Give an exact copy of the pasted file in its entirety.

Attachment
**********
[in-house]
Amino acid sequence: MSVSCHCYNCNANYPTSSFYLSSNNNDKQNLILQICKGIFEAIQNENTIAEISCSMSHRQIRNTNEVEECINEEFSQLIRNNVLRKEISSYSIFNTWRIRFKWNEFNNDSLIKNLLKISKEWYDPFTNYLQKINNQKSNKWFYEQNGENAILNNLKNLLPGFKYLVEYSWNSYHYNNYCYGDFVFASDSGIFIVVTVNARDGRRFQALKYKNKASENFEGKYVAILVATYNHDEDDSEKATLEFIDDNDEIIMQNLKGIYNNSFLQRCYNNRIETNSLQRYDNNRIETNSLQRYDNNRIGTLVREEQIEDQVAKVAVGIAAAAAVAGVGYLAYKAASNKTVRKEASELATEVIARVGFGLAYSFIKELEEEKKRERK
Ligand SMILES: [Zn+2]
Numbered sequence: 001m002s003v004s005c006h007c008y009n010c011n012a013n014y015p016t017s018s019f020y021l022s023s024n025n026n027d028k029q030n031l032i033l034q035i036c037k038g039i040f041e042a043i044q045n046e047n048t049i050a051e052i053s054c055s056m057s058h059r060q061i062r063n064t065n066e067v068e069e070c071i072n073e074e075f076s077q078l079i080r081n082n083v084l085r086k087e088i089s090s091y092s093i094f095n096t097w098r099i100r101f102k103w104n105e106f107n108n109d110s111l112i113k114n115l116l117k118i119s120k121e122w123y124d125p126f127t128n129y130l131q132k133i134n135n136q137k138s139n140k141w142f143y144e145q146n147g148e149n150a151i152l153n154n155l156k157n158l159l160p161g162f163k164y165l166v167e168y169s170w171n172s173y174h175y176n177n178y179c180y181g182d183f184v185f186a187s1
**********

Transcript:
[in-house]
Amino acid sequence: MSVSCHCYNCNANYPTSSFYLSSNNNDKQNLILQICKGIFEAIQNENTIAEISCSMSHRQIRNTNEVEECINEEFSQLIRNNVLRKEISSYSIFNTWRIRFKWNEFNNDSLIKNLLKISKEWYDPFTNYLQKINNQKSNKWFYEQNGENAILNNLKNLLPGFKYLVEYSWNSYHYNNYCYGDFVFASDSGIFIVVTVNARDGRRFQALKYKNKASENFEGKYVAILVATYNHDEDDSEKATLEFIDDNDEIIMQNLKGIYNNSFLQRCYNNRIETNSLQRYDNNRIETNSLQRYDNNRIGTLVREEQIEDQVAKVAVGIAAAAAVAGVGYLAYKAASNKTVRKEASELATEVIARVGFGLAYSFIKELEEEKKRERK
Ligand SMILES: [Zn+2]
Numbered sequence: 001m002s003v004s005c006h007c008y009n010c011n012a013n014y015p016t017s018s019f020y021l022s023s024n025n026n027d028k029q030n031l032i033l034q035i036c037k038g039i040f041e042a043i044q045n046e047n048t049i050a051e052i053s054c055s056m057s058h059r060q061i062r063n064t065n066e067v068e069e070c071i072n073e074e075f076s077q078l079i080r081n082n083v084l085r086k087e088i089s090s091y092s093i094f095n096t097w098r099i100r101f102k103w104n105e106f107n108n109d110s111l112i113k114n115l116l117k118i119s120k121e122w123y124d125p126f127t128n129y130l131q132k133i134n135n136q137k138s139n140k141w142f143y144e145q146n147g148e149n150a151i152l153n154n155l156k157n158l159l160p161g162f163k164y165l166v167e168y169s170w171n172s173y174h175y176n177n178y179c180y181g182d183f184v185f186a187s1